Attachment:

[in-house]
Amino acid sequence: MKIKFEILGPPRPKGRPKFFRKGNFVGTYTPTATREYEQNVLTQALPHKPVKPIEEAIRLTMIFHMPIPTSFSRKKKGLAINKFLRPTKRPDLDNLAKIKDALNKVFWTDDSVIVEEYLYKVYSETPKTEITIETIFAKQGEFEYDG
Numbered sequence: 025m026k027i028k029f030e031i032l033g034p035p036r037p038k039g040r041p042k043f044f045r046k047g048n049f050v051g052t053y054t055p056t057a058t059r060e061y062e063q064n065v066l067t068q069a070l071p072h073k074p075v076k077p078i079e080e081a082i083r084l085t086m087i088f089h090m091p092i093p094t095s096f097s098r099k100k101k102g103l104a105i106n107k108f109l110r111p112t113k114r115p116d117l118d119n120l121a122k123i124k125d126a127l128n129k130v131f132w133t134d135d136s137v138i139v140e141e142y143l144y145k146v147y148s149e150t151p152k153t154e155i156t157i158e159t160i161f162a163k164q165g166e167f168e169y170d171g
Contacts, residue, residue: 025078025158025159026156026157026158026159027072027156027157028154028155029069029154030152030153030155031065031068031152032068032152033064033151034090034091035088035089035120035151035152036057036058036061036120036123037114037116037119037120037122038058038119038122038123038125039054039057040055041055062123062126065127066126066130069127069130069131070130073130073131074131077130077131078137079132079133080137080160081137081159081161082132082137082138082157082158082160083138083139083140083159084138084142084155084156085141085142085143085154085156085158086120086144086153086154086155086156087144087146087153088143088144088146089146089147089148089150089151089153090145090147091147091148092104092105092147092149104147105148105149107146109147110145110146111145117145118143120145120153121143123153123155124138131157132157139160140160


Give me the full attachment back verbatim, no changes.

[in-house]
Amino acid sequence: MKIKFEILGPPRPKGRPKFFRKGNFVGTYTPTATREYEQNVLTQALPHKPVKPIEEAIRLTMIFHMPIPTSFSRKKKGLAINKFLRPTKRPDLDNLAKIKDALNKVFWTDDSVIVEEYLYKVYSETPKTEITIETIFAKQGEFEYDG
Numbered sequence: 025m026k027i028k029f030e031i032l033g034p035p036r037p038k039g040r041p042k043f044f045r046k047g048n049f050v051g052t053y054t055p056t057a058t059r060e061y062e063q064n065v066l067t068q069a070l071p072h073k074p075v076k077p078i079e080e081a082i083r084l085t086m087i088f089h090m091p092i093p094t095s096f097s098r099k100k101k102g103l104a105i106n107k108f109l110r111p112t113k114r115p116d117l118d119n120l121a122k123i124k125d126a127l128n129k130v131f132w133t134d135d136s137v138i139v140e141e142y143l144y145k146v147y148s149e150t151p152k153t154e155i156t157i158e159t160i161f162a163k164q165g166e167f168e169y170d171g
Contacts, residue, residue: 025078025158025159026156026157026158026159027072027156027157028154028155029069029154030152030153030155031065031068031152032068032152033064033151034090034091035088035089035120035151035152036057036058036061036120036123037114037116037119037120037122038058038119038122038123038125039054039057040055041055062123062126065127066126066130069127069130069131070130073130073131074131077130077131078137079132079133080137080160081137081159081161082132082137082138082157082158082160083138083139083140083159084138084142084155084156085141085142085143085154085156085158086120086144086153086154086155086156087144087146087153088143088144088146089146089147089148089150089151089153090145090147091147091148092104092105092147092149104147105148105149107146109147110145110146111145117145118143120145120153121143123153123155124138131157132157139160140160